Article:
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Old 12-02-2018, 02:47 PM
 
Location: on the wind
4,645 posts, read 1,766,160 times
Reputation: 16541
Quote:
Originally Posted by pnwguy2 View Post
You bring up a good point. Earthquake insurance, while expensive in areas like Anchorage, is only as good as the companies that offer it. There is always a possibility that an insurance company will not be able to pay out settlements depending on the severity of the event. I don't think this is the case with this particular quake, as most of the damage seems to be non-residential, if I am reading the media reports correctly. But there is always a slight risk with any insurance policy, no matter how air-tight it may seem to be.

But, yes, those without a specific Earthquake clause likely will have to fend for themselves. Fortunately, as I mentioned, it doesn't look there was too much residential damage other than some minor personal losses and clean-up.
You better believe I buy coverage for seismic as well as other "naturally occurring" events! In comparison to other sorts of insurance, homeowner's is cheap.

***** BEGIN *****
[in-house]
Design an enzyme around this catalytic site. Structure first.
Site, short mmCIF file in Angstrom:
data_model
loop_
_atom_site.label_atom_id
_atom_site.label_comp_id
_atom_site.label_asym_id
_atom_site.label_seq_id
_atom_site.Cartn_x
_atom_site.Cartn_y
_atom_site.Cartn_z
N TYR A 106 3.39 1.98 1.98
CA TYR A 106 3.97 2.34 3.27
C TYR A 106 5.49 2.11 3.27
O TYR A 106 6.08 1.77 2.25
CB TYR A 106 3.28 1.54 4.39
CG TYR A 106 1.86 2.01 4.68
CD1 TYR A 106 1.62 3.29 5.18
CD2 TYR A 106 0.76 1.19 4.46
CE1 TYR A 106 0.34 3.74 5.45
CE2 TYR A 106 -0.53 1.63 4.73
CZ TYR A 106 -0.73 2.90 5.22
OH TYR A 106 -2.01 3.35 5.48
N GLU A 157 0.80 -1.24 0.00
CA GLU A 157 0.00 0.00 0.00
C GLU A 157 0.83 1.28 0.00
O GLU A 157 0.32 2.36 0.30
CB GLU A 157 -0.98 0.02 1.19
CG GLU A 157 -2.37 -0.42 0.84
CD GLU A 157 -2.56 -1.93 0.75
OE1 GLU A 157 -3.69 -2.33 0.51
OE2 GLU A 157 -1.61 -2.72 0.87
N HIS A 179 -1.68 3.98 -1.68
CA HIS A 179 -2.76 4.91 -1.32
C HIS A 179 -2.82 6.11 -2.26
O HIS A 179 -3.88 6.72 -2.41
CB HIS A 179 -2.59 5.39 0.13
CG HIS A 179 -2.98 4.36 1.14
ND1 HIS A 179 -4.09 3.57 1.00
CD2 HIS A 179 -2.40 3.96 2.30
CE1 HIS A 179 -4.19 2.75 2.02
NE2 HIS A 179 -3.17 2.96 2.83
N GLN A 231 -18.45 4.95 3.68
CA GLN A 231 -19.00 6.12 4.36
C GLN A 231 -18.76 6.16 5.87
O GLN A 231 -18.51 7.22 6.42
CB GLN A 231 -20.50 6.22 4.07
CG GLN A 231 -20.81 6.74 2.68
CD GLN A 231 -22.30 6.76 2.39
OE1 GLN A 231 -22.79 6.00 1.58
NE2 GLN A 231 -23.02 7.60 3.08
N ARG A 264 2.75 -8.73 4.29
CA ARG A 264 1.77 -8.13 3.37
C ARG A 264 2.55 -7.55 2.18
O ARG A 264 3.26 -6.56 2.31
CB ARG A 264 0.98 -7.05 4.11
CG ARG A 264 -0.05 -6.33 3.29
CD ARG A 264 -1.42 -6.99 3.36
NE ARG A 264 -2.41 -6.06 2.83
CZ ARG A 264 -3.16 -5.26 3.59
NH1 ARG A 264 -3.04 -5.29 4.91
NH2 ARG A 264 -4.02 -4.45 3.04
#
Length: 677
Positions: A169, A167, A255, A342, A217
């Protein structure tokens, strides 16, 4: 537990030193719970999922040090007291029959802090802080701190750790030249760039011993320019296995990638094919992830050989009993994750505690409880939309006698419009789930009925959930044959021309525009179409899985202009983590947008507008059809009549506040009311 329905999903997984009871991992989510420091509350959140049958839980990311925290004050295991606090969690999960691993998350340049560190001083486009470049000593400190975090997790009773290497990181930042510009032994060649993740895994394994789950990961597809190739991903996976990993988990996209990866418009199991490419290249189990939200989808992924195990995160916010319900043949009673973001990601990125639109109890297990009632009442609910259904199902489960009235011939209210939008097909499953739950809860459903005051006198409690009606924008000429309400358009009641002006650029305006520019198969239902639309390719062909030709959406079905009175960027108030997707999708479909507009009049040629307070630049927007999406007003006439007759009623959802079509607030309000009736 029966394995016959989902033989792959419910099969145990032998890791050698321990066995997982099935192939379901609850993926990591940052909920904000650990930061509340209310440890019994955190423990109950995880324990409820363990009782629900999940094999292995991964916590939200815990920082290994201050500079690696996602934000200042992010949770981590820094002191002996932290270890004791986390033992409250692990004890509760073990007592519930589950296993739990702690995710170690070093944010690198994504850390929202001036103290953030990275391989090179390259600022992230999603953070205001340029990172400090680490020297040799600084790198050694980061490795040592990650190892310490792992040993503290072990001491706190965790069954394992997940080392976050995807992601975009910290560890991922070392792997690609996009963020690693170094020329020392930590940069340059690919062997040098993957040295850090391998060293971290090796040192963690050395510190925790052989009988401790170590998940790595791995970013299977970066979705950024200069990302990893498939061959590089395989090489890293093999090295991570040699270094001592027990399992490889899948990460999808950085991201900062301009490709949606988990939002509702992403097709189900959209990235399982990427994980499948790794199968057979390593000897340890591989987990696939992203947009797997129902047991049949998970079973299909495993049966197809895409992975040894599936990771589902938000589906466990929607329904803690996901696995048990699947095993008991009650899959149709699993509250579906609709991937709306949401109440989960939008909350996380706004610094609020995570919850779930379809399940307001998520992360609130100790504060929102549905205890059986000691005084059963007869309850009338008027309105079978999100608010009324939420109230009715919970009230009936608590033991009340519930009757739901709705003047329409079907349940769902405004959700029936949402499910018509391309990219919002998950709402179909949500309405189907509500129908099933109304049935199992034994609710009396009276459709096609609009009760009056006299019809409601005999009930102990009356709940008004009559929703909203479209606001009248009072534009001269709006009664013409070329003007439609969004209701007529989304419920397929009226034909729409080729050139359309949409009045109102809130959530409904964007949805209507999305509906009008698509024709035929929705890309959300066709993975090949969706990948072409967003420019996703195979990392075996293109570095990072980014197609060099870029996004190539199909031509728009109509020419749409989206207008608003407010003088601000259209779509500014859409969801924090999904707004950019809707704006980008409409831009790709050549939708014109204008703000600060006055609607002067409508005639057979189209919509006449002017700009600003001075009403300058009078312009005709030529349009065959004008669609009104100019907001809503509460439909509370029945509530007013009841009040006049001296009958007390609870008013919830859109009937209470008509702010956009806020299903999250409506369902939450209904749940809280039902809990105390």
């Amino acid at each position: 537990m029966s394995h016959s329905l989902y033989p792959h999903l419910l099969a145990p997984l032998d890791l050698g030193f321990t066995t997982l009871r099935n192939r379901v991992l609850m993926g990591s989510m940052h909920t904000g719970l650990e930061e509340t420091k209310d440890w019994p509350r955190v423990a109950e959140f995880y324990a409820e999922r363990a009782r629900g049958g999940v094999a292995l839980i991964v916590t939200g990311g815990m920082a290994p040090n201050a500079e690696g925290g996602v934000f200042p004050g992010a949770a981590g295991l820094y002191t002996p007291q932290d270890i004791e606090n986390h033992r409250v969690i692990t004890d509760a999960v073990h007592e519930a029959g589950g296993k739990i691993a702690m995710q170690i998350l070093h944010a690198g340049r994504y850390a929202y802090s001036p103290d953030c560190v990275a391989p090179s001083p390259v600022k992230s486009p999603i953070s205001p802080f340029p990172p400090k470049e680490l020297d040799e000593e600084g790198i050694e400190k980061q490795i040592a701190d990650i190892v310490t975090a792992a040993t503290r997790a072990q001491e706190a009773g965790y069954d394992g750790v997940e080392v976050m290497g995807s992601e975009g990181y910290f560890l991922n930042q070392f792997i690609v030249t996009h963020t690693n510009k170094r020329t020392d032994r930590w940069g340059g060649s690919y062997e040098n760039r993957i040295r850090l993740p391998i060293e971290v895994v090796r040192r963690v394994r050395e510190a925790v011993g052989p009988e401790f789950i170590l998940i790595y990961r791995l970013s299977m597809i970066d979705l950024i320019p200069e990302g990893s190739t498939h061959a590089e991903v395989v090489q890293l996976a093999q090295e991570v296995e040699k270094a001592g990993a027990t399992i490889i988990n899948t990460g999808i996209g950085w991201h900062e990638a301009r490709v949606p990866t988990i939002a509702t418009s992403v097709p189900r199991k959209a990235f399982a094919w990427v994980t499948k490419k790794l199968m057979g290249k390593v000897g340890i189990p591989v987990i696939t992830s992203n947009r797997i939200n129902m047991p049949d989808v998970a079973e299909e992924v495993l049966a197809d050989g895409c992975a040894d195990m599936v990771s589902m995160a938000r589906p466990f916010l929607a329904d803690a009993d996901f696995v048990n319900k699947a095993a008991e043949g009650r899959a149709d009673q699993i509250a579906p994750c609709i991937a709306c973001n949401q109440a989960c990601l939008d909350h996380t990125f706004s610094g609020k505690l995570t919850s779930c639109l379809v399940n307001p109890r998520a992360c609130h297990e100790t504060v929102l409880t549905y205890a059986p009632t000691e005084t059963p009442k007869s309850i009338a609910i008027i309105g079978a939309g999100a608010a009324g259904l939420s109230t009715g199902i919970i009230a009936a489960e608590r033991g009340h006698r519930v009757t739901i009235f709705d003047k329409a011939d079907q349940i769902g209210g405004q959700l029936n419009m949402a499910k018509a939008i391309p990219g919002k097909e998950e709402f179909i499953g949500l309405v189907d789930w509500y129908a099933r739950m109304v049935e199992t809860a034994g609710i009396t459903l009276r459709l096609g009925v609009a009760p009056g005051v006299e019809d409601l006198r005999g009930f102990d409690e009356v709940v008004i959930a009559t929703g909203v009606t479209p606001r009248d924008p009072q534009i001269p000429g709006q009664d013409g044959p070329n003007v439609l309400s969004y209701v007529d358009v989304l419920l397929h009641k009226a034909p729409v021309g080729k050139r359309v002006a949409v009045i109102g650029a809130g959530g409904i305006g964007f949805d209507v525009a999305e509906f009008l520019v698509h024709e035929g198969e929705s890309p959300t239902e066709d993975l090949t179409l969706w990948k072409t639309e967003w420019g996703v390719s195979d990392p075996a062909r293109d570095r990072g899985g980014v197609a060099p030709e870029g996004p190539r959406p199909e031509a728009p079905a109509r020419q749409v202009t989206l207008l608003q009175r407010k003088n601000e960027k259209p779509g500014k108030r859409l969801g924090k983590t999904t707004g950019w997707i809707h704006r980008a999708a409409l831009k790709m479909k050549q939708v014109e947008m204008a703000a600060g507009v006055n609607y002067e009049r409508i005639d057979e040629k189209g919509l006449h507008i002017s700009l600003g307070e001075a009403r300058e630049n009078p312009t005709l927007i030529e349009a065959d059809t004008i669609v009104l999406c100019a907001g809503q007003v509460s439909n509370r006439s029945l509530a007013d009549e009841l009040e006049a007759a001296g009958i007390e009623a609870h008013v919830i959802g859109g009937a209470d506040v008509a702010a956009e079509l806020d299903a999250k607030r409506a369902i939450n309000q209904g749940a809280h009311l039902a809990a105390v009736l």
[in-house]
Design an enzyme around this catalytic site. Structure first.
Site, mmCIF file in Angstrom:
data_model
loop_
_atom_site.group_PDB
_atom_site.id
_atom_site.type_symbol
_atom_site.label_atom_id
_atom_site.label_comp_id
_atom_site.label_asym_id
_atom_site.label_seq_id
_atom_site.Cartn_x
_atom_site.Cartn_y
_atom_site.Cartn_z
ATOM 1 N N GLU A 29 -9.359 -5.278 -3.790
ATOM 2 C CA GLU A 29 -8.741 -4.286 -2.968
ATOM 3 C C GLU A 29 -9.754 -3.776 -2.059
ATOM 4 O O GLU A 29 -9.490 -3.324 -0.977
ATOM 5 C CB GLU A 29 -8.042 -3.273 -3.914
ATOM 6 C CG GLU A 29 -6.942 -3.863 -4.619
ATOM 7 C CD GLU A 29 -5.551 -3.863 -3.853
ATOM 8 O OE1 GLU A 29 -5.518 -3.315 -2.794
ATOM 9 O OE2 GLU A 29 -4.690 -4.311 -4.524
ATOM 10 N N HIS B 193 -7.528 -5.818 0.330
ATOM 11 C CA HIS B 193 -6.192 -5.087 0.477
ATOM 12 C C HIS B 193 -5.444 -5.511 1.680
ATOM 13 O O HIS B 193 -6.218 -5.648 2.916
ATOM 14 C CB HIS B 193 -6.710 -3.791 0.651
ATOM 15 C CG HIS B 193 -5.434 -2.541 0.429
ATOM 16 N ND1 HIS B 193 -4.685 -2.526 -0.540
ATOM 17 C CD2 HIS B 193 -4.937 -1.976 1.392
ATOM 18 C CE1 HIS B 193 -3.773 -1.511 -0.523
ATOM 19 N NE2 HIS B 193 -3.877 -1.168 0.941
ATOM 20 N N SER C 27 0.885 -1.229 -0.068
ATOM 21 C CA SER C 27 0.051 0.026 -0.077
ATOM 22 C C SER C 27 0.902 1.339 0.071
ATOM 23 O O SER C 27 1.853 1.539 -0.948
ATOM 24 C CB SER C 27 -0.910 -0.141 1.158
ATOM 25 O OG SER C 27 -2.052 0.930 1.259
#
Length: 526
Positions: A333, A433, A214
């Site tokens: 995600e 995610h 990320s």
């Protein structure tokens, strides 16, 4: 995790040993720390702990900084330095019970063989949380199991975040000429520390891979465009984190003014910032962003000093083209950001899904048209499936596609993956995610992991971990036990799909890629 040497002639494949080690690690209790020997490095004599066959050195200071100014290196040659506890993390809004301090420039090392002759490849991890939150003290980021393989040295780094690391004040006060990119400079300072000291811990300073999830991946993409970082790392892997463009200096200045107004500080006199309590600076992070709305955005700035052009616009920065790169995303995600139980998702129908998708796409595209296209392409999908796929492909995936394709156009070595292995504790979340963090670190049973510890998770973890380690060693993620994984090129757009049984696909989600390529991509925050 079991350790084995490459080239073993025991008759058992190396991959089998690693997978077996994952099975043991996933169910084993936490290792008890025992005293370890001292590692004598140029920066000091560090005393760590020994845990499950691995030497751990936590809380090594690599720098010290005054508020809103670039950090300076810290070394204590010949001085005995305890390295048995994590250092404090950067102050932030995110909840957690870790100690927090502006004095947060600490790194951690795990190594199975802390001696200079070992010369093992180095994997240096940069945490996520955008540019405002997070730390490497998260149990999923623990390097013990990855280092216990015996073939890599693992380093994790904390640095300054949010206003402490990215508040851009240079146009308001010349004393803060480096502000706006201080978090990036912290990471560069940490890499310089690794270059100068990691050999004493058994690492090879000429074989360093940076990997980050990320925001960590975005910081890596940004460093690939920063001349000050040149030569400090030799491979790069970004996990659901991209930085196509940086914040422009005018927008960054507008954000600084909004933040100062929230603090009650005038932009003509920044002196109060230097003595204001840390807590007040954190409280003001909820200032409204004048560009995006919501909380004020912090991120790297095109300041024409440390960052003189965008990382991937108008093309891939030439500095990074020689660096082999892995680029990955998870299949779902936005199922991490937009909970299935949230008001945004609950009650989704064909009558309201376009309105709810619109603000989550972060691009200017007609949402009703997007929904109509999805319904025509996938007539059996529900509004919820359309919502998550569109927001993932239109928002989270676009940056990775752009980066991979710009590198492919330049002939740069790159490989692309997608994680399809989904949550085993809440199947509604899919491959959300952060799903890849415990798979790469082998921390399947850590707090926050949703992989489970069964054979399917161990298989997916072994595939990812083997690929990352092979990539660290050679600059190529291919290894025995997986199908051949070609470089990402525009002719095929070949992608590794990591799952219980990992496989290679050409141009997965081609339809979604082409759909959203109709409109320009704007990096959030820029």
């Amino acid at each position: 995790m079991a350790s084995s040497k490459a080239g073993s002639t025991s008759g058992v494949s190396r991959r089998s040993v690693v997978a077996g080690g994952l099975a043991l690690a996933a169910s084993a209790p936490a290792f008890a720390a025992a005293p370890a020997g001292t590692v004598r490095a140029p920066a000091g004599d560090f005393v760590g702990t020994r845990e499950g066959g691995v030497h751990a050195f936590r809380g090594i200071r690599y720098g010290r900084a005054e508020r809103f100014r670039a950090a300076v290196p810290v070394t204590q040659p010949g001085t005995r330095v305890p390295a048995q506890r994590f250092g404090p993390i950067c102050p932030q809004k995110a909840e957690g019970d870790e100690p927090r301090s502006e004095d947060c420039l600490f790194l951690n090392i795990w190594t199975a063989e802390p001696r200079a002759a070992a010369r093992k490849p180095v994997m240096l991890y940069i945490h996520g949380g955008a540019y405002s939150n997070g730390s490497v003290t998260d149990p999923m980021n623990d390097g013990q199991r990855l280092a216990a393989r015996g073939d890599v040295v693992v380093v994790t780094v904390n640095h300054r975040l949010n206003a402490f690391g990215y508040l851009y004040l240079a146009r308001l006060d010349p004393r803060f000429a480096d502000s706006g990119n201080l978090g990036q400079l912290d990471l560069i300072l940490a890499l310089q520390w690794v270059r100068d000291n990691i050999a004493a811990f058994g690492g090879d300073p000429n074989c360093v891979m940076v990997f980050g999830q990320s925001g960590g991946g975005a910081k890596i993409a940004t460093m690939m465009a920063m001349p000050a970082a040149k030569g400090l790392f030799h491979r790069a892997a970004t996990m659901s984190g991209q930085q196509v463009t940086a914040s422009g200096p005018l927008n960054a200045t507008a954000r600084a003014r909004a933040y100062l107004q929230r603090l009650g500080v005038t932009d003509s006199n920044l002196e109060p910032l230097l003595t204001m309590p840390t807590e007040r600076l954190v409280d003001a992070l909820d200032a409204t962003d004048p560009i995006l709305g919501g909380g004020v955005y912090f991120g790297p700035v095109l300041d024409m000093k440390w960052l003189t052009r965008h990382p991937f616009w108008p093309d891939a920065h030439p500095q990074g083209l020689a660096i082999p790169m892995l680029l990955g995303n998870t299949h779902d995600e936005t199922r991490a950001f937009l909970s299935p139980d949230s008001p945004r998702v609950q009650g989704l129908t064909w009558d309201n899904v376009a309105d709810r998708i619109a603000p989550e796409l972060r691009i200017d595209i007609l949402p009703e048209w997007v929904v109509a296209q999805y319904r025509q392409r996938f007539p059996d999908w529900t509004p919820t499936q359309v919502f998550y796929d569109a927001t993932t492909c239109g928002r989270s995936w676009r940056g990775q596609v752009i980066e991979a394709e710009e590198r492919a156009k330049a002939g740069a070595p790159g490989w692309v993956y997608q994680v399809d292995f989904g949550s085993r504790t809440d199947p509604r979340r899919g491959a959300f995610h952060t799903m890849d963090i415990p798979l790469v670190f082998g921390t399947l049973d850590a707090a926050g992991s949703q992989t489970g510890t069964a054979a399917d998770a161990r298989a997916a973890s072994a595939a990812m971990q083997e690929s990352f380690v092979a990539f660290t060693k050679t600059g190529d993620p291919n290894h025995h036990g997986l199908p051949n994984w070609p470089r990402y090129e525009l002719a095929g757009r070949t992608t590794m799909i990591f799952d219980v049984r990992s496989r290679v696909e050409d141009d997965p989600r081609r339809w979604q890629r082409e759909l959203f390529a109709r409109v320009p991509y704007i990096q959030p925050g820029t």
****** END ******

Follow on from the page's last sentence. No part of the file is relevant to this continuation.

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Old 12-03-2018, 05:38 AM
 
Location: Bethel, Alaska
21,359 posts, read 32,476,385 times
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My parents live in Anchorage in the winter. They're coming back to Bethel this weekend to get some sleep for a while. They're elderly and are stressed to the max. My sisters and nephews and nieces are stressed, too.
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Old 12-06-2018, 04:47 PM
 
197 posts, read 114,858 times
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Quote:
Originally Posted by zugor View Post
I hope the aftershocks are few, mild and end soon. After the Loma Prieta quake in the SF Bay Area in 89 my nerves were a wreck for weeks due to worry about strong aftershocks. The fact that my normal route to and from work took me under the double decker freeway that had collapsed had something to do with it, although my route was permanently changed as a result.
I'm not sure at what point they stop being aftershocks, but we just had another 4.8 and 4.1 back to back an hour ago. I'm lucky in that they don't bother me, but I know a lot of people who are dealing with some significant anxiety.